"Recession Proof" Assets
Who wouldn't want to add some "recession proof" assets to their investment portfolio? Especially income-producing assets that are also a fantastic hedge against longer term rising inflation - but which also benefit from the low interest rate environment we are currently enjoying!
Class B/C apartment buildings: sometimes called "affordable living units" or "workforce housing" or "working class buildings" - good old townhouse style garden apartments - are almost impossible to resist. Almost no new inventory (check), rising demand due to demographic changes (check), long term tenants with low turnover (check), a tenant base that includes many with incomes and assistance that are tied to COLA adjustments (check), more attractive purchase prices than newer, Class A buildings (check).
We were reviewing some recent vacancy data that highlighted the difference between Class B/C vacancies (dropping) as opposed to Class A (which are rising), and we came across this piece from a couple months ago from Bloomberg: the headline is that vacancies are starting to rise in the multifamily space, but not in the Class B and C properties, which are bucking that trend. Vacancies there are dropping as there continues to be a lack of new supply and strong demographics that favor the sector.
Are these truly "recession-proof"? There are some pretty strong arguments that point to that, and as long as we can find well managed assets at a cap-rate in the 7.50 to 8.50 range, we will keep on buying!
From the article:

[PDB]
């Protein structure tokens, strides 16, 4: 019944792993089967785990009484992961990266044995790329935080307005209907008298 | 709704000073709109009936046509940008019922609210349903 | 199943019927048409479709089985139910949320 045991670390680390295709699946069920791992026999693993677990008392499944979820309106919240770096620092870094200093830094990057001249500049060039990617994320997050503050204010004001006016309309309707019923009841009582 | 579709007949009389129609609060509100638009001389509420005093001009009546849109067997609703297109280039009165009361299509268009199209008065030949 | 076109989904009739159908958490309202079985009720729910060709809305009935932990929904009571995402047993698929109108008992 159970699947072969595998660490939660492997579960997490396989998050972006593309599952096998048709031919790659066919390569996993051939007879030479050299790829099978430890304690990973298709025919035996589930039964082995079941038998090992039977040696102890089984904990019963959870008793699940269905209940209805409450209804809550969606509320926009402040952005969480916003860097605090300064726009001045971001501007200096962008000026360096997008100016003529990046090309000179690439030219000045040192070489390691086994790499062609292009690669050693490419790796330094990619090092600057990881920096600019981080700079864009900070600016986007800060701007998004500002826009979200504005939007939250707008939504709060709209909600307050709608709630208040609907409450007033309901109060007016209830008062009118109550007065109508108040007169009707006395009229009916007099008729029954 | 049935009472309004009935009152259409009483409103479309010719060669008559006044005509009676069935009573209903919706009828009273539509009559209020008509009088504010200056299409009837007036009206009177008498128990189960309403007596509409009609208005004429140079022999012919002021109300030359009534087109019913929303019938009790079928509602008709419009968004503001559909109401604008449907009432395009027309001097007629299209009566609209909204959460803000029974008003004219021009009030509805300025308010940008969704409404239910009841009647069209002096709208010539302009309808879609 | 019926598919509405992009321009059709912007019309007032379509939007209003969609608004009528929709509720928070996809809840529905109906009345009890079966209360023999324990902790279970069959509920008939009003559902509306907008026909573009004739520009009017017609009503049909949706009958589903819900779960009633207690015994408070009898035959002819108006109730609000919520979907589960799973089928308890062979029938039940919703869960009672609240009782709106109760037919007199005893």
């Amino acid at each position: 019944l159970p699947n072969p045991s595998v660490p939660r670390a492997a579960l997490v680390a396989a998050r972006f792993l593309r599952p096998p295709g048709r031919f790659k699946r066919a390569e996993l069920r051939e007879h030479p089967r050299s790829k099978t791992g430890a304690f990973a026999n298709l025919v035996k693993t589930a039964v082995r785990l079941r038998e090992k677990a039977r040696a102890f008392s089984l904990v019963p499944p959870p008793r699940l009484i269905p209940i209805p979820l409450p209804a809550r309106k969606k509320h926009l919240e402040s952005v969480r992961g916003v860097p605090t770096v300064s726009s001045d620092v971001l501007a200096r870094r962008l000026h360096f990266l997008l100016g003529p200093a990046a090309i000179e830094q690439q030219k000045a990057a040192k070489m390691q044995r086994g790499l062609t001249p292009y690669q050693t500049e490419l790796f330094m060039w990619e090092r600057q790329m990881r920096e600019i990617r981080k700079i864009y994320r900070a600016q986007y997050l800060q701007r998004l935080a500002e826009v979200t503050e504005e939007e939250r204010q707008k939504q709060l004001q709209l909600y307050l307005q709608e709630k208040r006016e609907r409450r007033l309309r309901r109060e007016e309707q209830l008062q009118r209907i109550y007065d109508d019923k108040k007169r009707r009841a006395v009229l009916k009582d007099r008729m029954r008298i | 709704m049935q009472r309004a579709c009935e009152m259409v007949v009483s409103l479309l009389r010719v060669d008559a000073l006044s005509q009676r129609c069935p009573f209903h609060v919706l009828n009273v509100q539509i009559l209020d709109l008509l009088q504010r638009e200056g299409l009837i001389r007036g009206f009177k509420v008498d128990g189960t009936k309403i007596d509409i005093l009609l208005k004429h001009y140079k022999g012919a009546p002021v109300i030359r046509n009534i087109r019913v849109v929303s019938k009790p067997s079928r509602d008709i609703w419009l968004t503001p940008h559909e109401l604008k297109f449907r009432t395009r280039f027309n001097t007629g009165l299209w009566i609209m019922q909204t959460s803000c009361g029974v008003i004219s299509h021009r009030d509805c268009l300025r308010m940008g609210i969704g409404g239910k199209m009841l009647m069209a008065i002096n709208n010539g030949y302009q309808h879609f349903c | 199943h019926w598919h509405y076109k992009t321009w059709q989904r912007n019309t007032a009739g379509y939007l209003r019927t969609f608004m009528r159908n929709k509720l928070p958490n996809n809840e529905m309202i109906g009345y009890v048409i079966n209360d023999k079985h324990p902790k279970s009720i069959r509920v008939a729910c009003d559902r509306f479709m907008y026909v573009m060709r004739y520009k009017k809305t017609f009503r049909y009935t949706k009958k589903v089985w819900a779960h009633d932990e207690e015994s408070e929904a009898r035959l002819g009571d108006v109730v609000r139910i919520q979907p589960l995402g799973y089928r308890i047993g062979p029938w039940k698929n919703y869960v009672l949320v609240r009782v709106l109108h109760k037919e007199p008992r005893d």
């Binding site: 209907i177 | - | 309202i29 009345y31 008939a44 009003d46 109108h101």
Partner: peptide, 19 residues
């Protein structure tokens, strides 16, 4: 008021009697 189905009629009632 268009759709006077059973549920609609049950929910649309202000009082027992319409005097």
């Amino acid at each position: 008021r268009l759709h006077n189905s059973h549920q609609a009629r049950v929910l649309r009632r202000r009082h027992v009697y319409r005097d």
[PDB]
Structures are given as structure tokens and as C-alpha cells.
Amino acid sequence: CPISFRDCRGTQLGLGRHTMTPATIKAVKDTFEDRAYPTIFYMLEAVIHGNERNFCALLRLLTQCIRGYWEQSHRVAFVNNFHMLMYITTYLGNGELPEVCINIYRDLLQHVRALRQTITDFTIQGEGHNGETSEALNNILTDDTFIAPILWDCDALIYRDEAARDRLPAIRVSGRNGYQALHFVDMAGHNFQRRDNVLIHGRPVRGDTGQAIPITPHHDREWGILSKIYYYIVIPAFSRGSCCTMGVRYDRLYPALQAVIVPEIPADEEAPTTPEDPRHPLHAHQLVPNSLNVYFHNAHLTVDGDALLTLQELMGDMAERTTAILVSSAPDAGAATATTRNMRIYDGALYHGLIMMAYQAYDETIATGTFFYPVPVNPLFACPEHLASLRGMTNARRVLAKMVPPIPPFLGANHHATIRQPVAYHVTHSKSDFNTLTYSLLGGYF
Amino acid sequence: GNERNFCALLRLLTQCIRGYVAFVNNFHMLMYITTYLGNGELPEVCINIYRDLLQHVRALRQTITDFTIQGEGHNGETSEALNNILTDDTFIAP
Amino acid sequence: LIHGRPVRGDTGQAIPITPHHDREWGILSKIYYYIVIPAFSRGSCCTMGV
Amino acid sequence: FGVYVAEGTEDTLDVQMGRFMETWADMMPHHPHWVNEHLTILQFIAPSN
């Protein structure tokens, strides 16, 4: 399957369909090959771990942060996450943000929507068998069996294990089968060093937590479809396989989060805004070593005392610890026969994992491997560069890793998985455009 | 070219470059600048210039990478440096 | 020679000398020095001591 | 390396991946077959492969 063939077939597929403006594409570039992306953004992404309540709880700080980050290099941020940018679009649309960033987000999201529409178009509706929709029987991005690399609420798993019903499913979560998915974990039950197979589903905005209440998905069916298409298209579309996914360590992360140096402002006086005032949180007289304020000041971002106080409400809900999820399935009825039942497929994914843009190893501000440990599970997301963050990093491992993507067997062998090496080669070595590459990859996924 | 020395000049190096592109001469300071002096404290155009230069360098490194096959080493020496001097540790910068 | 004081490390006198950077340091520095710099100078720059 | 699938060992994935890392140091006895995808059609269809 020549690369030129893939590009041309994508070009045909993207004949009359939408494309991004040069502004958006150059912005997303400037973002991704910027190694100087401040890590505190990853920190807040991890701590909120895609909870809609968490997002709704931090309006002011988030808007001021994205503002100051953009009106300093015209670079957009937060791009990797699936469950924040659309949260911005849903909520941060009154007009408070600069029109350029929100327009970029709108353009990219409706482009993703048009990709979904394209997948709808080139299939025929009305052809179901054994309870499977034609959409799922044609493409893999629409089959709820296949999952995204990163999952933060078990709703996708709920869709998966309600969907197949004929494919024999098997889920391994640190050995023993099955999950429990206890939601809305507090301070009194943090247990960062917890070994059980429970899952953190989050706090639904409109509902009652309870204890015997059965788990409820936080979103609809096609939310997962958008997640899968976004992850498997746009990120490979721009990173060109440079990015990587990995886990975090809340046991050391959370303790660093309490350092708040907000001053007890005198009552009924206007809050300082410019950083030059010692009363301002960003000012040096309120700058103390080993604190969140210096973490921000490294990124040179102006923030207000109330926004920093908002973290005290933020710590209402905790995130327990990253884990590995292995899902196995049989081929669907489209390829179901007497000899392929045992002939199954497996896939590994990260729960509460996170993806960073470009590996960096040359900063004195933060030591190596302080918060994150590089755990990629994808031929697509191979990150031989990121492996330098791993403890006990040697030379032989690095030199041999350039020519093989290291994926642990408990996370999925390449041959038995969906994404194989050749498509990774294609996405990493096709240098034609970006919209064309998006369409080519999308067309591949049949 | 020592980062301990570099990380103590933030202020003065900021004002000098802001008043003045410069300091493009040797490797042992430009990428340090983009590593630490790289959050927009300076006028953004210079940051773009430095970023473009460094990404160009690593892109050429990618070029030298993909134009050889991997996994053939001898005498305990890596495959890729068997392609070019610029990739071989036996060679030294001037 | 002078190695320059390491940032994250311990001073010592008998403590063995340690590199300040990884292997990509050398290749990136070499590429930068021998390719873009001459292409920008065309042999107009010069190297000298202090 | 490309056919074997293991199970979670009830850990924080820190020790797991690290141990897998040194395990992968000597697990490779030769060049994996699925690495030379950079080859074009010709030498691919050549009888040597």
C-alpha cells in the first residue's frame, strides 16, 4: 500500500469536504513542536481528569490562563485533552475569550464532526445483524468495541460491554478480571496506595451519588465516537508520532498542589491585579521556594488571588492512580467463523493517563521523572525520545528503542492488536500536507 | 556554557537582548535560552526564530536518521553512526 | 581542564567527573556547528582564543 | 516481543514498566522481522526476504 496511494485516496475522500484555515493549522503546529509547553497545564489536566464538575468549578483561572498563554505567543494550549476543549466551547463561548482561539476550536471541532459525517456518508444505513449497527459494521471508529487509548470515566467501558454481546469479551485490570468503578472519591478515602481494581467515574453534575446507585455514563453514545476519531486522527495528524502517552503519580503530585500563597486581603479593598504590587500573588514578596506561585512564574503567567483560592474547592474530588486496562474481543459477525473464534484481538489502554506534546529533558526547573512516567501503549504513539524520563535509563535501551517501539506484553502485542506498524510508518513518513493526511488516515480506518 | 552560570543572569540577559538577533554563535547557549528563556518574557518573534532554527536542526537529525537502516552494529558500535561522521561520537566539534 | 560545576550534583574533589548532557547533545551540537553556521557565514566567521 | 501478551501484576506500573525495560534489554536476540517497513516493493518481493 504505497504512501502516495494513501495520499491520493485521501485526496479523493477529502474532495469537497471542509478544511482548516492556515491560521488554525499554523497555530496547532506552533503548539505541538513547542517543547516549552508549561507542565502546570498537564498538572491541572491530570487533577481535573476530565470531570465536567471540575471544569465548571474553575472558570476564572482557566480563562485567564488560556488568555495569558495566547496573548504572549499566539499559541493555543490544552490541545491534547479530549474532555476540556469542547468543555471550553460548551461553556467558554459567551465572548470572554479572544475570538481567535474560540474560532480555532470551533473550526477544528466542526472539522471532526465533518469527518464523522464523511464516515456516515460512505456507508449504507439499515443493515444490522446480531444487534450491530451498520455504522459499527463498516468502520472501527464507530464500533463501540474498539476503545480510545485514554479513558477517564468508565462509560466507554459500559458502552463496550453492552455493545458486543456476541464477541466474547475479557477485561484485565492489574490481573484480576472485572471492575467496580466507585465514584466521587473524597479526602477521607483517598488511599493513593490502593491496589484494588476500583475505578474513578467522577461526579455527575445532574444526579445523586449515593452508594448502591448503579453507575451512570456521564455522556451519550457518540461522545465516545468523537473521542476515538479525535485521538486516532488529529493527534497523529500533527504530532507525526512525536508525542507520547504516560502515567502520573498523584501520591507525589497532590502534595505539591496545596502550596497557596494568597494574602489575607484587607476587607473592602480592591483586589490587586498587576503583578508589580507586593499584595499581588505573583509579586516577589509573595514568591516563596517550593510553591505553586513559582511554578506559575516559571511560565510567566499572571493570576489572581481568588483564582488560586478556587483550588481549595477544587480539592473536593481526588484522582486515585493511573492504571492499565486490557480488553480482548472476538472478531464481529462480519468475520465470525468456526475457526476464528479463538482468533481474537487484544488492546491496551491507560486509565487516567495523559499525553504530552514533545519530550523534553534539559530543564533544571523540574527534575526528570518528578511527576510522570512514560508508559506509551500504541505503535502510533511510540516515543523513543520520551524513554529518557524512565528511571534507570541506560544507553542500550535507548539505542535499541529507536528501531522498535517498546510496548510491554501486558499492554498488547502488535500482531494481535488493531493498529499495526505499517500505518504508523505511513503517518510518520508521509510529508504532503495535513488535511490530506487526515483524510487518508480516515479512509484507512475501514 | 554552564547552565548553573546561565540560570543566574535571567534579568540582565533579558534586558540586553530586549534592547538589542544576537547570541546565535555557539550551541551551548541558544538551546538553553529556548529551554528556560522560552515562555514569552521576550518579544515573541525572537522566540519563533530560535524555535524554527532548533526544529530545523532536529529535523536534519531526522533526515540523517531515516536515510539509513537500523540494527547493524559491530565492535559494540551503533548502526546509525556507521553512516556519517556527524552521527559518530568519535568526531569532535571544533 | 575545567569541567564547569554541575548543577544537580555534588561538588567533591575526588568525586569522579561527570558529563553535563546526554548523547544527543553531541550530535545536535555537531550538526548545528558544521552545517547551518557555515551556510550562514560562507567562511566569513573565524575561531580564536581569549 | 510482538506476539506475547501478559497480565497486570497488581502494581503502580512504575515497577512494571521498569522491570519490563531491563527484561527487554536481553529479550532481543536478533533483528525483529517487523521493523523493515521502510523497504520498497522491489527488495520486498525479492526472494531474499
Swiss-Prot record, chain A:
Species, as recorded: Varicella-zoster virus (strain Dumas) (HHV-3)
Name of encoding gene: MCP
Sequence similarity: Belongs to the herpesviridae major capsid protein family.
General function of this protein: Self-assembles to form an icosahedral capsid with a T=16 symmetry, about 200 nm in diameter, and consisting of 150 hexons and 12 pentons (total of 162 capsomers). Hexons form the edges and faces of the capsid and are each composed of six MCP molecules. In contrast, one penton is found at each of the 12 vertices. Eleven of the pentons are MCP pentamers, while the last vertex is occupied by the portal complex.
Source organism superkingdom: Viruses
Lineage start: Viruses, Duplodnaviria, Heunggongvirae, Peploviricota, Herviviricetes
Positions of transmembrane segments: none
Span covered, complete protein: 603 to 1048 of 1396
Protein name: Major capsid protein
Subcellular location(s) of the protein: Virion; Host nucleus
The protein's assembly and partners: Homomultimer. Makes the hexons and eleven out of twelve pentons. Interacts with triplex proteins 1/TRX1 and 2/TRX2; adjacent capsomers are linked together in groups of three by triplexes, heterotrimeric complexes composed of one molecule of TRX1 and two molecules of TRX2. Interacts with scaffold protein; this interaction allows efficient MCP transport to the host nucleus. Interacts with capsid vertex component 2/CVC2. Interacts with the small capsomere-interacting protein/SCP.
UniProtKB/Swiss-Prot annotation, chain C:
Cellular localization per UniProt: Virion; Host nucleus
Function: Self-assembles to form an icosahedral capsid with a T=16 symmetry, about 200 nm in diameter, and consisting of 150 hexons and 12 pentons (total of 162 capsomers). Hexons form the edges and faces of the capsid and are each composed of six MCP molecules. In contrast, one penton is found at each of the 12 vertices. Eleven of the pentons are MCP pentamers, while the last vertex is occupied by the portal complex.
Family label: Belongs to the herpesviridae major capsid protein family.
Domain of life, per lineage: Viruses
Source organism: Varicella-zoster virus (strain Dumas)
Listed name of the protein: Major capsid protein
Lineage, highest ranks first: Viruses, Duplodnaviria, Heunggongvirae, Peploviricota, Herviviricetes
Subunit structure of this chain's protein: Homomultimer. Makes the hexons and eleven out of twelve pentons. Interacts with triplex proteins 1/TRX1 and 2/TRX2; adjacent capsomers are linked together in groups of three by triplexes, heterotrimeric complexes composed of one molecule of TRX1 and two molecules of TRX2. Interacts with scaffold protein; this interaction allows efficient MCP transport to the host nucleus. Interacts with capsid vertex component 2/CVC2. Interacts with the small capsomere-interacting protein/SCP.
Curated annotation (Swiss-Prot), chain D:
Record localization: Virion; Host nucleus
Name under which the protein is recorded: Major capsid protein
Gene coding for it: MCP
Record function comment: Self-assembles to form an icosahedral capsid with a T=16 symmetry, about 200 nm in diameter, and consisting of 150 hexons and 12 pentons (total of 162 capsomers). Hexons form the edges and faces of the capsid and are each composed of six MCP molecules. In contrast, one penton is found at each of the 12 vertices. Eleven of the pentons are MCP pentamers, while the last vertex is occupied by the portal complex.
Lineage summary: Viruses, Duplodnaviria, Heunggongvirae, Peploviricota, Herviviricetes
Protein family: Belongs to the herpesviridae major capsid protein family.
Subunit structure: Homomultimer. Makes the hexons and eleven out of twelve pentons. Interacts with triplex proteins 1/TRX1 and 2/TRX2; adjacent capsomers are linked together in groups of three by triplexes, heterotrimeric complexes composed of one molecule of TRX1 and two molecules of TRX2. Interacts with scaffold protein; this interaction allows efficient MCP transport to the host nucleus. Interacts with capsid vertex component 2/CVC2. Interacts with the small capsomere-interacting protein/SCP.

At Class B and C properties combined, vacancies dropped to 3.2 percent in the third quarter of 2015, having fallen steadily from 4.3 percent in three years, while Class A vacancies climbed to 5.7 percent from 4.6 percent during the same period. Reis plans to announce the fourth-quarter breakdown later this month. Apartment vacancies nationally have been hovering near their lowest since 2001 for the past three years.
Relatively low total vacancies are “masking some significant differences in class,” Severino said. “Class B and C vacancy continues to fall with every subsequent quarter. Class A vacancy bottomed out in the first quarter of 2013 and it’s been slowly rising since then.”
Some big investors have been exploiting the gap, buying and renovating Class B apartment buildings across the country. Blackstone Group LP, the world’s biggest private equity firm, has invested about $14 billion in older apartments in the past three years, while Starwood Capital Group in October agreed to pay $5.4 billion for a group of mostly suburban buildings in areas including South Florida and Denver. The seller is Equity Residential, the biggest U.S. apartment landlord.
“They’ve swarmed over the apartment space, particularly the Class B workforce space,” said Robert Hart, chief executive officer of TruAmerica Multifamily, a Los Angeles-based investment firm that he founded in 2013 with Guardian Life Insurance Co. of America. “It has the most durable cash flow. It’s the most recession-proof and it’s not as susceptible to increases in supply.”
TruAmerica acquired about $1.8 billion of apartment buildings last year, Hart said. About three-quarters of those are Class B properties, which the company has been buying for a capitalization rate of about 5.5 percent, according to Hart. Class B apartment buildings typically offer a cap rate -- a measure of investment yield used in real estate -- about 1 percentage point higher than Class A properties, which are typically less than a decade old, he said.